"I will turn their glory into shame" (Osee IV: 7)

Glory Into Shame

Most Rev. Donald J. Sanborn

HORROR IS THE ONLY WORD TO describe the proper reaction to news stories in recent weeks concerning the misbehavior of the Novus Ordo [post-Vatican II] clergy. The level of depravity is so high, and the problem so widespread, that now one has to be ashamed to wear the Roman collar in public.

I am referring, of course, to the national problem of pedophilia among Novus Ordo “priests.”

In the past, before the Council, there was scarcely anything more honorable, particularly in America, than to be a Catholic priest. In the eyes of all, even most Protestants, he was a man of dignity, worthy of respect and admiration. To the Catholic people, the priests were like beings from heaven, worthy of the most profound reverence and obedience.

Thanks to Vatican II, all that has changed. The glory of the priest has now turned into shame. We are now embarrassed to wear our Roman collars.

The further tragedy is that Novus Ordo “priests” (most of them are doubtfully ordained) have abandoned their Roman collars for many years now. Except for a few conservatives, the only time they can be seen in them is on formal occasions. Yet, since they are perceived to be Roman Catholic priests in the eyes of the world, they bring down opprobrium upon us all. Traditional priests, who wear the collar all the time, have to bear the shame of these monsters of perversion and selfishness.

In the news stories, one should note that, in nearly all cases, the problem began after the Council. Typically the abuse began in the 1960’s or 1970’s. It is, I think, appropriate to address why this is such a widespread problem in the Novus Ordo. It is of no surprise to me that they are beset by this catastrophe. It is a harvest completely in accordance with the seeds that they have sown. It is not a mere coincidence that the Novus Ordite clergy in this country, which before the Council enjoyed a supreme reputation as the Roman Catholic clergy, after the Council has sunk into the pits of moral degradation.

1. Loss of Faith.

Vatican II, purely and simply, was the destruction of faith in many tens of thousands of priests. The Council and its subsequent reforms destroyed this holy virtue by which we have a sight of supernatural realities and of our supernatural goal, the Beatific Vision. The heresy of Modernism took its place, which strips God of His transcendental and supernatural attributes, and reduces Him to a product of our subconscious. Religion is not from above, but from the depths of our soul. God is one of us. This loss of supernatural faith, together with its natural effect of reducing the priest to a social worker or self-help counselor, is the most important factor in the immorality of the Novus Ordo clergy.

2. Repudiation of Traditional Spirituality.

After the Council there was an abrupt switch in what we call spirituality, that is, the principles which govern the spiritual life. The traditional spirituality was that we had to castigate our bodies, and bring them into subjection, lest we be led away by our passions into sin. Mortification of the passions, and of the effects of original sin, were the foundation stones of Catholic spirituality. That was all thrown out in the 1960’s. The traditional ascetical books, such as the Imitation of Christ, were scoffed at and even mocked. Instead, you were supposed to become “more human.” Your passions were not to be castigated or repressed; rather you were to follow them, in order to be more “yourself.” Original sin and its effects were virtually denied. Naturalism took the place of the traditional asceticism. The result was that seminaries of the 1960’s and thereafter became fraught with immorality of all types.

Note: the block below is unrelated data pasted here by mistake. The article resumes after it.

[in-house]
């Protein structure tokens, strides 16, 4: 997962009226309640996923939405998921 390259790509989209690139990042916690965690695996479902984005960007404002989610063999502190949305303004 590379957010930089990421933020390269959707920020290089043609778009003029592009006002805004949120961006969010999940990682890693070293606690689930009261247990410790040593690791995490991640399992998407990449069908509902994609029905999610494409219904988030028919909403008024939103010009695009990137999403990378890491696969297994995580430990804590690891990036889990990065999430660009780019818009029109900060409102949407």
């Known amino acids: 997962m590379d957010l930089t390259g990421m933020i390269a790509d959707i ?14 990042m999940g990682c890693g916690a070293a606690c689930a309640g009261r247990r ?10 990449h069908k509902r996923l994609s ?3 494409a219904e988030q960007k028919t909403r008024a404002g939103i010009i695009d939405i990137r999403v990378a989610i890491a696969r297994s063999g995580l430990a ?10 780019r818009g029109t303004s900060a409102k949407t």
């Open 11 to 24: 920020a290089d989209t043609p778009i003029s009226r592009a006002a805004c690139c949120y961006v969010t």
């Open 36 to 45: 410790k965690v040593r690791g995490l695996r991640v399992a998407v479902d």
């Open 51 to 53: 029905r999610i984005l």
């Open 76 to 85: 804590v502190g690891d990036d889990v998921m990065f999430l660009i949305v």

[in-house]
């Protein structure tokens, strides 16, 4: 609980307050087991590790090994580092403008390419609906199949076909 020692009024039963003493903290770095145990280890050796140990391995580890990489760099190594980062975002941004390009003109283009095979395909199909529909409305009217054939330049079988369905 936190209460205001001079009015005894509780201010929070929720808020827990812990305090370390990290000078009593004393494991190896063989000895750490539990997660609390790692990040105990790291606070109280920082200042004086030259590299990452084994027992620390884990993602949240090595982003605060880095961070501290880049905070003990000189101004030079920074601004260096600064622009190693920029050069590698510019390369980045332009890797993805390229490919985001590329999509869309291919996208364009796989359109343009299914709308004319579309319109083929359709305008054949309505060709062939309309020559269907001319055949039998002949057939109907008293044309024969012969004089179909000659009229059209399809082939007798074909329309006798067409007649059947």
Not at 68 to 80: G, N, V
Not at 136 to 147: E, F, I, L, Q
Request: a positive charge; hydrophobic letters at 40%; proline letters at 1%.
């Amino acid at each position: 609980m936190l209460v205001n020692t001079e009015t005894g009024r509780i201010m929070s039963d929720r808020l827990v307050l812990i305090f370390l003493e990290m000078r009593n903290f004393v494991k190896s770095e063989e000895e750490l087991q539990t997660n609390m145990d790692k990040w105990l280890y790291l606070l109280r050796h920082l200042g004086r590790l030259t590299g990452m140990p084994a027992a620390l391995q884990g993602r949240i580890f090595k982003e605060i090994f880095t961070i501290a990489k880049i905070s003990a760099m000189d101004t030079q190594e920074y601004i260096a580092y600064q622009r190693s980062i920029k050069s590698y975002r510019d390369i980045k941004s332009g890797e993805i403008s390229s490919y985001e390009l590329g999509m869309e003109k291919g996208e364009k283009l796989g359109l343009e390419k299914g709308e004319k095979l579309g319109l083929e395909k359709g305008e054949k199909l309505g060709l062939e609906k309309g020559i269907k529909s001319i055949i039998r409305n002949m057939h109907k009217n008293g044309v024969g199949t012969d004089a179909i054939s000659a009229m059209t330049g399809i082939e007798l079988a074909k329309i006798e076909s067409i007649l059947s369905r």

3. Denial of Hell.

In the Novus Ordo, everyone is going to heaven, because everyone is a “good person.” So the pedophile had no reason to doubt his salvation. There are no eternal fires of hell to fear for having violated the most sacred thing on earth after the Blessed Sacrament: the holy priesthood. So he can carry on his filthy business on the side, and still manage to be a “wonderful priest” to his other parishioners. For the measure of the quality of his priesthood was not the state of his soul, or his love of God, but how he “related to people.”

4. Psychology.

In the 1960’s, psychology replaced the spiritual life. You were told to “fulfill yourself,” to “follow your dream.” The soul was merely a complex union of many different fears, anxieties, imaginations, desires, fantasies, and so forth. All problems could be worked out by therapy. No one was responsible for his actions, since you were acting merely in a pre-programmed, natural way. If there was anything wrong, it was to be blamed on something else: the way you were raised or your genes. Moral responsibility was practically non-existent. The bishops enthusiastically embraced this new approach, and tried to solve the problem of the abusive priests by merely sending them to therapy for a while, and then reassigning them to another parish.

5. Death of Outrage.

Owing to lack of supernatural faith, and to the other factors that I have already described, outrage over these crimes of abuse came to a halt. For example, under St. Pius V in Rome, the penalty for sodomy was burning at the stake. In the American War Between the States, the penalty for the same crime in the Union army was hanging, since they considered the firing squad to be too dignified. Lincoln hardly ever gave a reprieve. In the French army in World War I, the penalty was death by firing squad. If they were merciful to you, they would put you at the head of a suicide mission from which you would not return.